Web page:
The US economy ended 2023 stronger than many thought it would. In the last quarter, the economy grew by 3.3% YOY. If it weren't for a big dip in car production because of the Auto Workers' strike, the economy could have grown by more than 4%.
The Federal Reserve kept interest rates steady for the fourth consecutive session, subtly signaling a more accommodating stance that could pave the way for future rate cuts and more affordable loan terms.
Spending growth is slowing while production increases, suggesting that inflation is dropping.
This year, major inflation measurements in the Personal Consumption Expenditures Price Index have seen significant slowdowns. The US economy outperformed expectations in 2023, surpassing predictions with a 3.1% GDP growth, unemployment at 3.7%, and core inflation at 2.7%.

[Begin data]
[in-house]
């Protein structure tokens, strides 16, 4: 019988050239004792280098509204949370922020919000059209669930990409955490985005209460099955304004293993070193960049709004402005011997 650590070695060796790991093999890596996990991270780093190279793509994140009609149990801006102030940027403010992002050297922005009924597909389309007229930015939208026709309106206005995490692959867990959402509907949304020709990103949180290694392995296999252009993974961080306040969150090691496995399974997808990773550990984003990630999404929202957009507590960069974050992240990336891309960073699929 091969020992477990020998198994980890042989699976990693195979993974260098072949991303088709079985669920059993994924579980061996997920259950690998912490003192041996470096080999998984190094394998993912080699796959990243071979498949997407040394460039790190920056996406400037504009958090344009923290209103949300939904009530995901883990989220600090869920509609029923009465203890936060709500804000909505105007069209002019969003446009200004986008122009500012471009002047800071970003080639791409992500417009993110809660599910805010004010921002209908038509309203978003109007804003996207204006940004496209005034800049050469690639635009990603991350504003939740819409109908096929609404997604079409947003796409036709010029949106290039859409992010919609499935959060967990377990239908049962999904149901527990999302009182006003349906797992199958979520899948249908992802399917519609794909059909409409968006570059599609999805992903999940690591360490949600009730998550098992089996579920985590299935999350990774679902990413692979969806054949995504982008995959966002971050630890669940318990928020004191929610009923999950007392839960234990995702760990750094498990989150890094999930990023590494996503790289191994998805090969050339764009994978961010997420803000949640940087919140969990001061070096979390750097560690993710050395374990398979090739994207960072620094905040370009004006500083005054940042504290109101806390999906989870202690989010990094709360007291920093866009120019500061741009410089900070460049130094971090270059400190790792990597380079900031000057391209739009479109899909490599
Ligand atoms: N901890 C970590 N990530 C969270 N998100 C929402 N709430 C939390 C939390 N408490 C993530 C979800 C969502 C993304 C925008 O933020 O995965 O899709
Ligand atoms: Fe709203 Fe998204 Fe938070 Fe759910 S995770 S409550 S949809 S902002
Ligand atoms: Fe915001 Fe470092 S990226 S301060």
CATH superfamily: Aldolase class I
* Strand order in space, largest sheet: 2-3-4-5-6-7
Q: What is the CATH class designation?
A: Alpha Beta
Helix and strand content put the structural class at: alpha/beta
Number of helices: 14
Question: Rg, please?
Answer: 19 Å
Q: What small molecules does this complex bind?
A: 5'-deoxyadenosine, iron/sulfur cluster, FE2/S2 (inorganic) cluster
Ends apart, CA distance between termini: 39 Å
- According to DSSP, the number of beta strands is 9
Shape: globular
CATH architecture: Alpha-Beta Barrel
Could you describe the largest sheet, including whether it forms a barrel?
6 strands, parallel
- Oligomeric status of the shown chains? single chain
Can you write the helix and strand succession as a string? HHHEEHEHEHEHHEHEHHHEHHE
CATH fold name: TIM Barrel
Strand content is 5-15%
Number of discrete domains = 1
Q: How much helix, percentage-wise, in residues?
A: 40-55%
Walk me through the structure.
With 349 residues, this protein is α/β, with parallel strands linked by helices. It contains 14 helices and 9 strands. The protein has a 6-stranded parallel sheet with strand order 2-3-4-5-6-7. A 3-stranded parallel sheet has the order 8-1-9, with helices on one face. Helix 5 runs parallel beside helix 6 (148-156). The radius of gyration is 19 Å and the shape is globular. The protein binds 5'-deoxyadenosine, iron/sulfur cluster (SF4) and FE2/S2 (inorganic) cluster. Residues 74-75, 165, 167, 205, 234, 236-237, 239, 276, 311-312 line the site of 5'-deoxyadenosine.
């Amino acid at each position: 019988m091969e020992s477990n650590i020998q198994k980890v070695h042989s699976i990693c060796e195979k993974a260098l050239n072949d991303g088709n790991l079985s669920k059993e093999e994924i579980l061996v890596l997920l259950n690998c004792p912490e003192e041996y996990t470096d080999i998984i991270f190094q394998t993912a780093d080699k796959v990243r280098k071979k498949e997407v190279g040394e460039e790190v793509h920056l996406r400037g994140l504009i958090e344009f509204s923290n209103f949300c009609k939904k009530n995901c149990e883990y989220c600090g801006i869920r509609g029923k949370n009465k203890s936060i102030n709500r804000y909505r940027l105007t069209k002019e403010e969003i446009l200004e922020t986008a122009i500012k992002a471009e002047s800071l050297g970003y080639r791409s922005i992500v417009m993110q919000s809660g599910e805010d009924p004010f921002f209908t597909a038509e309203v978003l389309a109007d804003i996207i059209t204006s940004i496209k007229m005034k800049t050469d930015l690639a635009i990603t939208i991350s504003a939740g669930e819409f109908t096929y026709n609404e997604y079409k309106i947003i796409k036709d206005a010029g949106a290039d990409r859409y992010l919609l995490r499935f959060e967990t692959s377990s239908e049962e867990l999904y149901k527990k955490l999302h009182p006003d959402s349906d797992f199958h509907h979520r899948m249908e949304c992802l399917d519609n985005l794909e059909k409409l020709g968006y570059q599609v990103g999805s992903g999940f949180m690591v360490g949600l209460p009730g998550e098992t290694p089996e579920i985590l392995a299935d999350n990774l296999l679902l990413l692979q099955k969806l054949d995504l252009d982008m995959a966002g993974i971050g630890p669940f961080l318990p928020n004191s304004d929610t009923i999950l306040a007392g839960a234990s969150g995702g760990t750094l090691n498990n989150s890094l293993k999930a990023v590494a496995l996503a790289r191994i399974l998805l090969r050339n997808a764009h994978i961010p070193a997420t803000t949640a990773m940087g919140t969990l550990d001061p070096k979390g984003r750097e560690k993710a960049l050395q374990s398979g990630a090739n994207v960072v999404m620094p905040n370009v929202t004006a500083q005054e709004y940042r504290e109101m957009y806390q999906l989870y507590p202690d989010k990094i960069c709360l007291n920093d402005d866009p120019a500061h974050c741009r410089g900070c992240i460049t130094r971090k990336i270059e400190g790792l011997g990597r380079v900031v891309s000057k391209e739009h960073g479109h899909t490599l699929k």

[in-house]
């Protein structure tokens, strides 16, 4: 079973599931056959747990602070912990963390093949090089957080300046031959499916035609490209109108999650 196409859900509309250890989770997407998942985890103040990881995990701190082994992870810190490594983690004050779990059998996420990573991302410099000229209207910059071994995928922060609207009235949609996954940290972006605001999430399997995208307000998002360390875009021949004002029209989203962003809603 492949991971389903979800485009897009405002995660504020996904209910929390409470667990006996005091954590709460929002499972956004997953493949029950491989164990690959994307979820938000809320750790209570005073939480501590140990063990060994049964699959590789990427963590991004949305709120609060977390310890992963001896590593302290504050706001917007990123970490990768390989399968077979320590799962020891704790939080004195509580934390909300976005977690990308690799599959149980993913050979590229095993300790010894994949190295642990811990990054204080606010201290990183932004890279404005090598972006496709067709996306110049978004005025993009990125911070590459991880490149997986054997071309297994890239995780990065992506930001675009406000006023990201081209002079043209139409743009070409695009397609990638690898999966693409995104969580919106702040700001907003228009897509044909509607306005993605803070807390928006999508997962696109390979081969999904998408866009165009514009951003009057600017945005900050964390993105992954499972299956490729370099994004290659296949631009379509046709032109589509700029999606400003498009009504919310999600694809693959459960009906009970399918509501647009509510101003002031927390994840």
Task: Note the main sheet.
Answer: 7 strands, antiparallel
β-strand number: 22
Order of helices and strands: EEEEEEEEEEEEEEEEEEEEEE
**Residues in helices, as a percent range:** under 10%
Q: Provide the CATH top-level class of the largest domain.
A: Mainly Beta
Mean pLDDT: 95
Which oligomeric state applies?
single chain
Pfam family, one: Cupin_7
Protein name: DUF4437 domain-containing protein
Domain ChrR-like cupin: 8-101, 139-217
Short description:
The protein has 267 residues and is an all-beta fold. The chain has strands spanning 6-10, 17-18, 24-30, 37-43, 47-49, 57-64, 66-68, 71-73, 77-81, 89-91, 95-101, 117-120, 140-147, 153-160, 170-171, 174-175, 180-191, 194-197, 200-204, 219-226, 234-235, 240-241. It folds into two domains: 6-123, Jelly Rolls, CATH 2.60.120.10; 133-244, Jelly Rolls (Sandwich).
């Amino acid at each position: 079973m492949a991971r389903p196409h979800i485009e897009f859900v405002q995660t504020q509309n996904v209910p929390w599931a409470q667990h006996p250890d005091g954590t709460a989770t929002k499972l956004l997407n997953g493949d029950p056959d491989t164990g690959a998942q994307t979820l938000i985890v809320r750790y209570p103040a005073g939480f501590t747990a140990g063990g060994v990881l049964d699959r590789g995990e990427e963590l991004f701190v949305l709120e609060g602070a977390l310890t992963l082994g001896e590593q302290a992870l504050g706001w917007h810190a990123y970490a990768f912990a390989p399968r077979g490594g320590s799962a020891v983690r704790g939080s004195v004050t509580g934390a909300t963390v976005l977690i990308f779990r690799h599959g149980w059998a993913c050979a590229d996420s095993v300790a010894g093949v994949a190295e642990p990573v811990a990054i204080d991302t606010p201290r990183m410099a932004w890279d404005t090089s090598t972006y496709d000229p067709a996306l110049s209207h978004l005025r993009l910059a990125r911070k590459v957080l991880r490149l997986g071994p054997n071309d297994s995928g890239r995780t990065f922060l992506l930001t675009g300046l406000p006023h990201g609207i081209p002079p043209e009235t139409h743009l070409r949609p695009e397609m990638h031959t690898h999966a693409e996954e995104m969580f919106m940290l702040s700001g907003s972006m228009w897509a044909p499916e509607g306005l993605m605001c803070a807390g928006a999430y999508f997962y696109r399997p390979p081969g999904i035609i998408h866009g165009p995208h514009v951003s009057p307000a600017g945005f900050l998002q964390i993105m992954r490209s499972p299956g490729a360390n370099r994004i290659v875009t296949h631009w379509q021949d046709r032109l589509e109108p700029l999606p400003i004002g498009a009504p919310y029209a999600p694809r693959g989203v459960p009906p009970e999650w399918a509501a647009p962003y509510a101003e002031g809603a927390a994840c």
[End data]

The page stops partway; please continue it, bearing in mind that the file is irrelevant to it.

With inflation easing, shoppers are beginning to feel more comfortable spending (though remaining thrifty is still a top priority).
The wholesale market is slowing down in how quickly car values are dropping, with a small decrease of only 0.33% this week. This is a bit less than the usual drop of 0.39% we saw before the pandemic for the same time period.
Cars that are 8 to 16 years old are starting to show a little bit of improvement, with five categories of these older cars actually going up in value last week.